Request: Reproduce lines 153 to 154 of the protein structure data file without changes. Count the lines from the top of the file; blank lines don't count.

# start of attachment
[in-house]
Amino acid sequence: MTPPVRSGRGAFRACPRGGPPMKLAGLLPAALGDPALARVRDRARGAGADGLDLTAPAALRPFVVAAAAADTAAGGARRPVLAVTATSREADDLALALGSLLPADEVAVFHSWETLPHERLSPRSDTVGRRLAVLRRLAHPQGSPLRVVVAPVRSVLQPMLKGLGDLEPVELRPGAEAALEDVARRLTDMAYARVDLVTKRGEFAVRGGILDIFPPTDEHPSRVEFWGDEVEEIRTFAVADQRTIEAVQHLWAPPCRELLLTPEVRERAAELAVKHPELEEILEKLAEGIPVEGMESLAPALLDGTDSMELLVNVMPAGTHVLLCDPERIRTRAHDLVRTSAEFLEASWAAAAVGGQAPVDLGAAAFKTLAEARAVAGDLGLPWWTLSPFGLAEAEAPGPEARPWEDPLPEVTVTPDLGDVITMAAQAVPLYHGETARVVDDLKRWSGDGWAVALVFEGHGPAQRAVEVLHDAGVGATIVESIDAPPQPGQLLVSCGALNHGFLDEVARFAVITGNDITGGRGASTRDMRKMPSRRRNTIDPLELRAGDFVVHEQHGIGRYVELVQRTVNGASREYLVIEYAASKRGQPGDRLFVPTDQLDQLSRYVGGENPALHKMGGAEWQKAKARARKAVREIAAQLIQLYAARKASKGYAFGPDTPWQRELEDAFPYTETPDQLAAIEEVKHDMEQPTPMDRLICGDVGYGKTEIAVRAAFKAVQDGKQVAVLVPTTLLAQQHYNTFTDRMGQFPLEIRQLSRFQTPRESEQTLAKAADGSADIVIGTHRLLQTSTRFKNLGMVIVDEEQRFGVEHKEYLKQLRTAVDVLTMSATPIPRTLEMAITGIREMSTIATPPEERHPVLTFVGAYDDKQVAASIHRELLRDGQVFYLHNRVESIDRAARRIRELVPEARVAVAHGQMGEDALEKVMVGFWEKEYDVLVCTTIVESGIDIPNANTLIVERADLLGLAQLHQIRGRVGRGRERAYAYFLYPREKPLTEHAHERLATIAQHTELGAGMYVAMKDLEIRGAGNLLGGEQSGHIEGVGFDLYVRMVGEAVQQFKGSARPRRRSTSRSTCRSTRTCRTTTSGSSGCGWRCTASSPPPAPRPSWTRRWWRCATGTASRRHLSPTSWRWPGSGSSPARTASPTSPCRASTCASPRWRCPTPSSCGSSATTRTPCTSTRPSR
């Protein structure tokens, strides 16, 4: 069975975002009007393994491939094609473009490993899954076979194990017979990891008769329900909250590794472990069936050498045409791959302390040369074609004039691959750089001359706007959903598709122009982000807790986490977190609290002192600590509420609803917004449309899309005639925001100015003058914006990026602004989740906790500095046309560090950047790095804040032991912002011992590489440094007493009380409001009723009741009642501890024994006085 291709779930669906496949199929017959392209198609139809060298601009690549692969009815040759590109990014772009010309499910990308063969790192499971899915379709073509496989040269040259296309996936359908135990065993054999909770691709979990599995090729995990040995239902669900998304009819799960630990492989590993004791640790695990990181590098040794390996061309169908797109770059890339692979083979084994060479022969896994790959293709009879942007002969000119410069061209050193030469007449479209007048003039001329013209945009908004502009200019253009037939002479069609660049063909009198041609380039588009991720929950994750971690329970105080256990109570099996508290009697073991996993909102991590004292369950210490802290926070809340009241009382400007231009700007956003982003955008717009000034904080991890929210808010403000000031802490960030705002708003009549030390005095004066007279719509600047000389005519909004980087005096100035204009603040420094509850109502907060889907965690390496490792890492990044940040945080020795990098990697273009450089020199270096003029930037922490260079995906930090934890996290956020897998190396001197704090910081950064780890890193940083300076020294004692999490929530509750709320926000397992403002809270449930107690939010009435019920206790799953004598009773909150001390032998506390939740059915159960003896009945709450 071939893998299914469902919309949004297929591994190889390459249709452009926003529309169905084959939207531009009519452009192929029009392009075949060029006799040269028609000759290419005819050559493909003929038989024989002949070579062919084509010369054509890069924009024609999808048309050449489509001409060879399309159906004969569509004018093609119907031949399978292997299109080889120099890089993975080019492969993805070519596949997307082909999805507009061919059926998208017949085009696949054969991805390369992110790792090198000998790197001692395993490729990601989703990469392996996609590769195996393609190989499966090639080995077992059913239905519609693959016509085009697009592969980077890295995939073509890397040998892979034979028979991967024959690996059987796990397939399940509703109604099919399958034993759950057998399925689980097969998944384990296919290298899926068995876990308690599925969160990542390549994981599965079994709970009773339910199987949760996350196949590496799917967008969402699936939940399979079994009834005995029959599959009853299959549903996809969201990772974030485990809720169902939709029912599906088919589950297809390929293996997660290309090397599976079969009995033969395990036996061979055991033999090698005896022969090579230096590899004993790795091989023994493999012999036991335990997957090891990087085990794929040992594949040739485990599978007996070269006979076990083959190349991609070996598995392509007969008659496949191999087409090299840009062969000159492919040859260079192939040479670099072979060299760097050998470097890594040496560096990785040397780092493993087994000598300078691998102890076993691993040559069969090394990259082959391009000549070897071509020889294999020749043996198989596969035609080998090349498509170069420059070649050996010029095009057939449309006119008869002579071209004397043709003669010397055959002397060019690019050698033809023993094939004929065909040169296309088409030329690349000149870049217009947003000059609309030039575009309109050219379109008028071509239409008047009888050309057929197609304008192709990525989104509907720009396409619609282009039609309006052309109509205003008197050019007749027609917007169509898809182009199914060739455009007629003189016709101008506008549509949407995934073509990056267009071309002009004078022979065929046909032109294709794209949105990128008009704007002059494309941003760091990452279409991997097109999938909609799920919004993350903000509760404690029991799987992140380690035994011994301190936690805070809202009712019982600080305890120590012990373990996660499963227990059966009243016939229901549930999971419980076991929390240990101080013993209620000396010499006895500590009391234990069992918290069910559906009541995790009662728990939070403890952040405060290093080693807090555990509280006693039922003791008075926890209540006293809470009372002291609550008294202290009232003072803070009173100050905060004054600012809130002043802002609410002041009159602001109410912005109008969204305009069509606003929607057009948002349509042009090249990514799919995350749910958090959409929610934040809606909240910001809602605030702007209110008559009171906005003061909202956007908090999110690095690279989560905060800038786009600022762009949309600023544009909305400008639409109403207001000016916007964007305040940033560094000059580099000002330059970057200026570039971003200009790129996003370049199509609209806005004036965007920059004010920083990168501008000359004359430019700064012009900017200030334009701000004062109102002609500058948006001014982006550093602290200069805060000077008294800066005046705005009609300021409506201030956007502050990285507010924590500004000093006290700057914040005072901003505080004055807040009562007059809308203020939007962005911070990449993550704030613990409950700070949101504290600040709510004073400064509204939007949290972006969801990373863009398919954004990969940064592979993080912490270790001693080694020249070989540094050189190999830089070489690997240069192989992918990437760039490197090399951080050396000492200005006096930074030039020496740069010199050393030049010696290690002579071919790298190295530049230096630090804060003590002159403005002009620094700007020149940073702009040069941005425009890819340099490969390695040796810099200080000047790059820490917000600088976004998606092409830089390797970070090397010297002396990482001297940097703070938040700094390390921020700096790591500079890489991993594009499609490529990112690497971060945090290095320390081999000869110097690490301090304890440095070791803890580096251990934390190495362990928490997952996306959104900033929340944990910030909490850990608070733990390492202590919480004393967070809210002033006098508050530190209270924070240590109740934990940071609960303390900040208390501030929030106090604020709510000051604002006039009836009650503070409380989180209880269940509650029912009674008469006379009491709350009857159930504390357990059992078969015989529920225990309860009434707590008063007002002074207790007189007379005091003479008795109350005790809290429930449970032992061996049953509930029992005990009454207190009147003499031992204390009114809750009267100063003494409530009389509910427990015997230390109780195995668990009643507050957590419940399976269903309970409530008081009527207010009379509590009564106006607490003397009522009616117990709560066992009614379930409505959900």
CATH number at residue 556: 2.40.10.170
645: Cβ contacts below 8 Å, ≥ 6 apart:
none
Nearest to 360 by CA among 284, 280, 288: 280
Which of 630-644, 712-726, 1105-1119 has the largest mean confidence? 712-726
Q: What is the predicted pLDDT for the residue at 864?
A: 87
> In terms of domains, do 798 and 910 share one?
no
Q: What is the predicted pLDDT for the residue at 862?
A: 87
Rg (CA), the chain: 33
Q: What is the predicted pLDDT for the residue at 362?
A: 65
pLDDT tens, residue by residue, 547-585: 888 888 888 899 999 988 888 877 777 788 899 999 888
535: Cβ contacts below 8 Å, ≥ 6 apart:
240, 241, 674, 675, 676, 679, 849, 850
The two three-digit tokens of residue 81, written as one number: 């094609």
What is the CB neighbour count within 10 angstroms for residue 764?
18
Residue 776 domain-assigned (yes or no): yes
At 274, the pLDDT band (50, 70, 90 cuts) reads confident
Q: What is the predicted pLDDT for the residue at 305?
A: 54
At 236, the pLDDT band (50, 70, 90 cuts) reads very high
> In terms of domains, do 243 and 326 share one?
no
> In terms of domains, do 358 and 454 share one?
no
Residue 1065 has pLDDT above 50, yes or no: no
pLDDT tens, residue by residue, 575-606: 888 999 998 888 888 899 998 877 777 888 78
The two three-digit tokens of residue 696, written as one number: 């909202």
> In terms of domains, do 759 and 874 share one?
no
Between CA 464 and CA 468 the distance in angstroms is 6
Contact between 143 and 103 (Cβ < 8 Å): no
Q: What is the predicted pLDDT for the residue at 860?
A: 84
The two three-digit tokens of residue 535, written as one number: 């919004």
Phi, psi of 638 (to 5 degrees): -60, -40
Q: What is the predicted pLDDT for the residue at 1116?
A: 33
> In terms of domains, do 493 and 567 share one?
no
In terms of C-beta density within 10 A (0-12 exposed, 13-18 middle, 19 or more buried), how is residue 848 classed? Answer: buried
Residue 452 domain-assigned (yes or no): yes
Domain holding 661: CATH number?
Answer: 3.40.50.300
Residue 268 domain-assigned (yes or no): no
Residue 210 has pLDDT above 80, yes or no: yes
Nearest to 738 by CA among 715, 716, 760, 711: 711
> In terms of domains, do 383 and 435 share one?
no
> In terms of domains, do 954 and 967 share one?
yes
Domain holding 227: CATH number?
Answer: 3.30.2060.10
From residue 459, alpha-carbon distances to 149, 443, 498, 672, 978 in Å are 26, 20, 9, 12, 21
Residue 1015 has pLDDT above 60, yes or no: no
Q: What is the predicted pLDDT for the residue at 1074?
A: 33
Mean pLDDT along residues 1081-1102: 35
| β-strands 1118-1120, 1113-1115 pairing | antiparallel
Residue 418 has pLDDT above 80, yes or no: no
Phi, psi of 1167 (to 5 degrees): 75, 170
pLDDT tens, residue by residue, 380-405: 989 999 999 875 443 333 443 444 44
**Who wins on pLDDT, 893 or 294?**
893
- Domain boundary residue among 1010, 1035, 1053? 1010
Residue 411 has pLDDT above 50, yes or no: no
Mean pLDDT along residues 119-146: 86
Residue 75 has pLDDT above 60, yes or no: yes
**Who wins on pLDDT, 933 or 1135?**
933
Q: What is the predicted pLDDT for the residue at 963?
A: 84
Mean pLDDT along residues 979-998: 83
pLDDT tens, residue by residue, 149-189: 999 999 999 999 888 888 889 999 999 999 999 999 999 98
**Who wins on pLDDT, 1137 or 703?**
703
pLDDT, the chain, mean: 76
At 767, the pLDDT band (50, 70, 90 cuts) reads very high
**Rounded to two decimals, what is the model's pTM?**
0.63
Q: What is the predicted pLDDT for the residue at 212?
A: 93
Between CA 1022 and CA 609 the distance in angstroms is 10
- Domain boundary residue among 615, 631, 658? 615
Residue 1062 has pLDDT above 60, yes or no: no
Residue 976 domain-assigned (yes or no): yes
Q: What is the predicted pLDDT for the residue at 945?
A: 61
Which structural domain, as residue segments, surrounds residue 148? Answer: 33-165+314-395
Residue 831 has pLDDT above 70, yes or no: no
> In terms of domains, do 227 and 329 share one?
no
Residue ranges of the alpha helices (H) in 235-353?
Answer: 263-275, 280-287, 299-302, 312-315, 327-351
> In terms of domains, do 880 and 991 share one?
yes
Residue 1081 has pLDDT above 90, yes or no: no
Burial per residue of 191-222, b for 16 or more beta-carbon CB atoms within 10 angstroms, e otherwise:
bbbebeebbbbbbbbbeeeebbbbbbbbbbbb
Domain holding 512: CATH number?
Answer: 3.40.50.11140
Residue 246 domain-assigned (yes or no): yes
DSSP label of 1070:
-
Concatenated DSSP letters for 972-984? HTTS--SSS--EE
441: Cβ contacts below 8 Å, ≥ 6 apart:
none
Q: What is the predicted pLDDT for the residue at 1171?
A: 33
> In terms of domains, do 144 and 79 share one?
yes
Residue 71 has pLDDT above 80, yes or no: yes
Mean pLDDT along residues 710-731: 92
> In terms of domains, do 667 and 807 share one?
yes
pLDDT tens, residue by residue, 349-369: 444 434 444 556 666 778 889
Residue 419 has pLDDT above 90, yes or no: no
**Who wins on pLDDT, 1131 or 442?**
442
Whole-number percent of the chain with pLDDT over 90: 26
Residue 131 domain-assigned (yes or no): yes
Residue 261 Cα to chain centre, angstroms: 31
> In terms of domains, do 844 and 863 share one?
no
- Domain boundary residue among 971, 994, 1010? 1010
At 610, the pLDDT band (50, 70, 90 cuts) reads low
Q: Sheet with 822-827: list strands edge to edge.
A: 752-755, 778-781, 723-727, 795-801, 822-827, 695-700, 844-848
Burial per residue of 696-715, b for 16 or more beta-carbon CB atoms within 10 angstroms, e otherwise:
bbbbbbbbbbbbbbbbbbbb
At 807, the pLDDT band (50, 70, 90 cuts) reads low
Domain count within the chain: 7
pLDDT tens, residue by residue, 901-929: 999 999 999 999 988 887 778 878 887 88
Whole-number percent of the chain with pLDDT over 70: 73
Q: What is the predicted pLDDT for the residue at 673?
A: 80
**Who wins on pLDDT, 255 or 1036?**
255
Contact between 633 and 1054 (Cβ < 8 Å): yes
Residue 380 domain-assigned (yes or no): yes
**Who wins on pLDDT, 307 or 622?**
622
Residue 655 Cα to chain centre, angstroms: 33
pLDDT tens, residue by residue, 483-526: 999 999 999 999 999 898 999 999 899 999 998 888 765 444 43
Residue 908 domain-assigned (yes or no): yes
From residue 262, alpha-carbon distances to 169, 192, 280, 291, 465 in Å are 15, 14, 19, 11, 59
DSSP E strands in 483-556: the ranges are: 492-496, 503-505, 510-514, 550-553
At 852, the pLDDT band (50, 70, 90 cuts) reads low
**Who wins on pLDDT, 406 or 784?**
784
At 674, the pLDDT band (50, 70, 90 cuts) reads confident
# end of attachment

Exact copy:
From residue 262, alpha-carbon distances to 169, 192, 280, 291, 465 in Å are 15, 14, 19, 11, 59
DSSP E strands in 483-556: the ranges are: 492-496, 503-505, 510-514, 550-553